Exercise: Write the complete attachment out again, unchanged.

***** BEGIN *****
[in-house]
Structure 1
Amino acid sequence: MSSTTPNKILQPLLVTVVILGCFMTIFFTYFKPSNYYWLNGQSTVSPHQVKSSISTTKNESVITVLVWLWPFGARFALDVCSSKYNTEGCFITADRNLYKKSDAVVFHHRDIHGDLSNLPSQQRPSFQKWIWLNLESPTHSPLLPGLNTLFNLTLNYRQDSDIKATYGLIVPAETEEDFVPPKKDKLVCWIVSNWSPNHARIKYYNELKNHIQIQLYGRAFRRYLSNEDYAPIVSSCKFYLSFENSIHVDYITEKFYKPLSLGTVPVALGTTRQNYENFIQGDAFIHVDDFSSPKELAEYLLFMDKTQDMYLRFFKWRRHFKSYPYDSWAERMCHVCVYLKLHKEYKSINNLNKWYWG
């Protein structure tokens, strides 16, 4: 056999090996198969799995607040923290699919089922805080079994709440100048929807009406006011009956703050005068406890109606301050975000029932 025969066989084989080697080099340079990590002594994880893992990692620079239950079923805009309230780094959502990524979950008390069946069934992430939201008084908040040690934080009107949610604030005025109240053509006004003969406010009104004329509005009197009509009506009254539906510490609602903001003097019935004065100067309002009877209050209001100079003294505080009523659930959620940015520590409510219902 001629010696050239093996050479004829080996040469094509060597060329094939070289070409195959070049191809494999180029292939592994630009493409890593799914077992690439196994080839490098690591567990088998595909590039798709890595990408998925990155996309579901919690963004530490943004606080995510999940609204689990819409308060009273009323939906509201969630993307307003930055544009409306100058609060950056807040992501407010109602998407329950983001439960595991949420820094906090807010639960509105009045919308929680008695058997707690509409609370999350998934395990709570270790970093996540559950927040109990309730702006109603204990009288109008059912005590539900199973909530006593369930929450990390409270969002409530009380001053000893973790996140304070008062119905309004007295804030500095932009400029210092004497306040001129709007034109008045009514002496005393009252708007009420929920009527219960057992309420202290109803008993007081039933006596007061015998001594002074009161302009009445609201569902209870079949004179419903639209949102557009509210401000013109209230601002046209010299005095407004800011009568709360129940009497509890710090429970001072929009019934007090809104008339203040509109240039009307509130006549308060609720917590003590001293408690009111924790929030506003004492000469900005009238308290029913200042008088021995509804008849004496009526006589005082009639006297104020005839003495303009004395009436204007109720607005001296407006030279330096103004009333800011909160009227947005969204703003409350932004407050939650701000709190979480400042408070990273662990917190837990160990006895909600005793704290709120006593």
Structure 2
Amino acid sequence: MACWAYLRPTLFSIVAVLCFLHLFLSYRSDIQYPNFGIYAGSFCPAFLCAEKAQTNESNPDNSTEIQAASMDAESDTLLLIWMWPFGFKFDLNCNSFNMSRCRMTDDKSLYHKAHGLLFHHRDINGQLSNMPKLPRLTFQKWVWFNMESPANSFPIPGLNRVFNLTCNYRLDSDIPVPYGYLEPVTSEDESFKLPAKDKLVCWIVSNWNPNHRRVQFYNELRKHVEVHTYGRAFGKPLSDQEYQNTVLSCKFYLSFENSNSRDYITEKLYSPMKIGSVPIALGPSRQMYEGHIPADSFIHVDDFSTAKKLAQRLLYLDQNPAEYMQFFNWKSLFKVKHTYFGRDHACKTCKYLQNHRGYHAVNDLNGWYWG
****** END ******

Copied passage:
[in-house]
Structure 1
Amino acid sequence: MSSTTPNKILQPLLVTVVILGCFMTIFFTYFKPSNYYWLNGQSTVSPHQVKSSISTTKNESVITVLVWLWPFGARFALDVCSSKYNTEGCFITADRNLYKKSDAVVFHHRDIHGDLSNLPSQQRPSFQKWIWLNLESPTHSPLLPGLNTLFNLTLNYRQDSDIKATYGLIVPAETEEDFVPPKKDKLVCWIVSNWSPNHARIKYYNELKNHIQIQLYGRAFRRYLSNEDYAPIVSSCKFYLSFENSIHVDYITEKFYKPLSLGTVPVALGTTRQNYENFIQGDAFIHVDDFSSPKELAEYLLFMDKTQDMYLRFFKWRRHFKSYPYDSWAERMCHVCVYLKLHKEYKSINNLNKWYWG
């Protein structure tokens, strides 16, 4: 056999090996198969799995607040923290699919089922805080079994709440100048929807009406006011009956703050005068406890109606301050975000029932 025969066989084989080697080099340079990590002594994880893992990692620079239950079923805009309230780094959502990524979950008390069946069934992430939201008084908040040690934080009107949610604030005025109240053509006004003969406010009104004329509005009197009509009506009254539906510490609602903001003097019935004065100067309002009877209050209001100079003294505080009523659930959620940015520590409510219902 001629010696050239093996050479004829080996040469094509060597060329094939070289070409195959070049191809494999180029292939592994630009493409890593799914077992690439196994080839490098690591567990088998595909590039798709890595990408998925990155996309579901919690963004530490943004606080995510999940609204689990819409308060009273009323939906509201969630993307307003930055544009409306100058609060950056807040992501407010109602998407329950983001439960595991949420820094906090807010639960509105009045919308929680008695058997707690509409609370999350998934395990709570270790970093996540559950927040109990309730702006109603204990009288109008059912005590539900199973909530006593369930929450990390409270969002409530009380001053000893973790996140304070008062119905309004007295804030500095932009400029210092004497306040001129709007034109008045009514002496005393009252708007009420929920009527219960057992309420202290109803008993007081039933006596007061015998001594002074009161302009009445609201569902209870079949004179419903639209949102557009509210401000013109209230601002046209010299005095407004800011009568709360129940009497509890710090429970001072929009019934007090809104008339203040509109240039009307509130006549308060609720917590003590001293408690009111924790929030506003004492000469900005009238308290029913200042008088021995509804008849004496009526006589005082009639006297104020005839003495303009004395009436204007109720607005001296407006030279330096103004009333800011909160009227947005969204703003409350932004407050939650701000709190979480400042408070990273662990917190837990160990006895909600005793704290709120006593």
Structure 2
Amino acid sequence: MACWAYLRPTLFSIVAVLCFLHLFLSYRSDIQYPNFGIYAGSFCPAFLCAEKAQTNESNPDNSTEIQAASMDAESDTLLLIWMWPFGFKFDLNCNSFNMSRCRMTDDKSLYHKAHGLLFHHRDINGQLSNMPKLPRLTFQKWVWFNMESPANSFPIPGLNRVFNLTCNYRLDSDIPVPYGYLEPVTSEDESFKLPAKDKLVCWIVSNWNPNHRRVQFYNELRKHVEVHTYGRAFGKPLSDQEYQNTVLSCKFYLSFENSNSRDYITEKLYSPMKIGSVPIALGPSRQMYEGHIPADSFIHVDDFSTAKKLAQRLLYLDQNPAEYMQFFNWKSLFKVKHTYFGRDHACKTCKYLQNHRGYHAVNDLNGWYWG